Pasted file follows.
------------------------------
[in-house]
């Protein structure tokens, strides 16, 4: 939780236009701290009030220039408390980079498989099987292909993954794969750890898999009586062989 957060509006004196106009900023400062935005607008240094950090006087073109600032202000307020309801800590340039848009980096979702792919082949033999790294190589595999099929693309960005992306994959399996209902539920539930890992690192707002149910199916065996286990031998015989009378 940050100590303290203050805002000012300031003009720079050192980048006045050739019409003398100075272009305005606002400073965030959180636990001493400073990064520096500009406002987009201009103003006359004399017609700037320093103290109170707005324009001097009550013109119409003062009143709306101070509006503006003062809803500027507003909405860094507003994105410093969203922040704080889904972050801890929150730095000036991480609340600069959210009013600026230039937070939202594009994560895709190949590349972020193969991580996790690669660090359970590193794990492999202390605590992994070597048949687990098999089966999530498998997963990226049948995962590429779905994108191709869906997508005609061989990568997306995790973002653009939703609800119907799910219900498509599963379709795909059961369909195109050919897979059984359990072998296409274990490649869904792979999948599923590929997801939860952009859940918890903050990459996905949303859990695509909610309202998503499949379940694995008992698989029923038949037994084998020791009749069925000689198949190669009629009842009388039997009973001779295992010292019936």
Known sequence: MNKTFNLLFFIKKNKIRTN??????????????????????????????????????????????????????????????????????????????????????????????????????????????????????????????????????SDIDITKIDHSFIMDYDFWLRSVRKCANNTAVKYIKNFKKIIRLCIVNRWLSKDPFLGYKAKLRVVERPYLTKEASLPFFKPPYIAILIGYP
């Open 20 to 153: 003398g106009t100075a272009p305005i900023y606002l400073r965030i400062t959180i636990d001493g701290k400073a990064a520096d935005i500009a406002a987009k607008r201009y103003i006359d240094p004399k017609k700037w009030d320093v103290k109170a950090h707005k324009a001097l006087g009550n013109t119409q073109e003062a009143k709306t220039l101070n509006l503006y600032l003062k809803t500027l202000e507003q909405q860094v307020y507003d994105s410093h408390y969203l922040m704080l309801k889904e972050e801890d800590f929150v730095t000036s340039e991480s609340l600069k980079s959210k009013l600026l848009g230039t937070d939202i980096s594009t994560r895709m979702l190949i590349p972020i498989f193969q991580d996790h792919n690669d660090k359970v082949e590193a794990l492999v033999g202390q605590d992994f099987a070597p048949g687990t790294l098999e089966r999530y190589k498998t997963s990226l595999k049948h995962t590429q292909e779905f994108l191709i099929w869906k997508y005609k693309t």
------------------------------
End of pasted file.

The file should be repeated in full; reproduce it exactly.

[in-house]
């Protein structure tokens, strides 16, 4: 939780236009701290009030220039408390980079498989099987292909993954794969750890898999009586062989 957060509006004196106009900023400062935005607008240094950090006087073109600032202000307020309801800590340039848009980096979702792919082949033999790294190589595999099929693309960005992306994959399996209902539920539930890992690192707002149910199916065996286990031998015989009378 940050100590303290203050805002000012300031003009720079050192980048006045050739019409003398100075272009305005606002400073965030959180636990001493400073990064520096500009406002987009201009103003006359004399017609700037320093103290109170707005324009001097009550013109119409003062009143709306101070509006503006003062809803500027507003909405860094507003994105410093969203922040704080889904972050801890929150730095000036991480609340600069959210009013600026230039937070939202594009994560895709190949590349972020193969991580996790690669660090359970590193794990492999202390605590992994070597048949687990098999089966999530498998997963990226049948995962590429779905994108191709869906997508005609061989990568997306995790973002653009939703609800119907799910219900498509599963379709795909059961369909195109050919897979059984359990072998296409274990490649869904792979999948599923590929997801939860952009859940918890903050990459996905949303859990695509909610309202998503499949379940694995008992698989029923038949037994084998020791009749069925000689198949190669009629009842009388039997009973001779295992010292019936």
Known sequence: MNKTFNLLFFIKKNKIRTN??????????????????????????????????????????????????????????????????????????????????????????????????????????????????????????????????????SDIDITKIDHSFIMDYDFWLRSVRKCANNTAVKYIKNFKKIIRLCIVNRWLSKDPFLGYKAKLRVVERPYLTKEASLPFFKPPYIAILIGYP
């Open 20 to 153: 003398g106009t100075a272009p305005i900023y606002l400073r965030i400062t959180i636990d001493g701290k400073a990064a520096d935005i500009a406002a987009k607008r201009y103003i006359d240094p004399k017609k700037w009030d320093v103290k109170a950090h707005k324009a001097l006087g009550n013109t119409q073109e003062a009143k709306t220039l101070n509006l503006y600032l003062k809803t500027l202000e507003q909405q860094v307020y507003d994105s410093h408390y969203l922040m704080l309801k889904e972050e801890d800590f929150v730095t000036s340039e991480s609340l600069k980079s959210k009013l600026l848009g230039t937070d939202i980096s594009t994560r895709m979702l190949i590349p972020i498989f193969q991580d996790h792919n690669d660090k359970v082949e590193a794990l492999v033999g202390q605590d992994f099987a070597p048949g687990t790294l098999e089966r999530y190589k498998t997963s990226l595999k049948h995962t590429q292909e779905f994108l191709i099929w869906k997508y005609k693309t």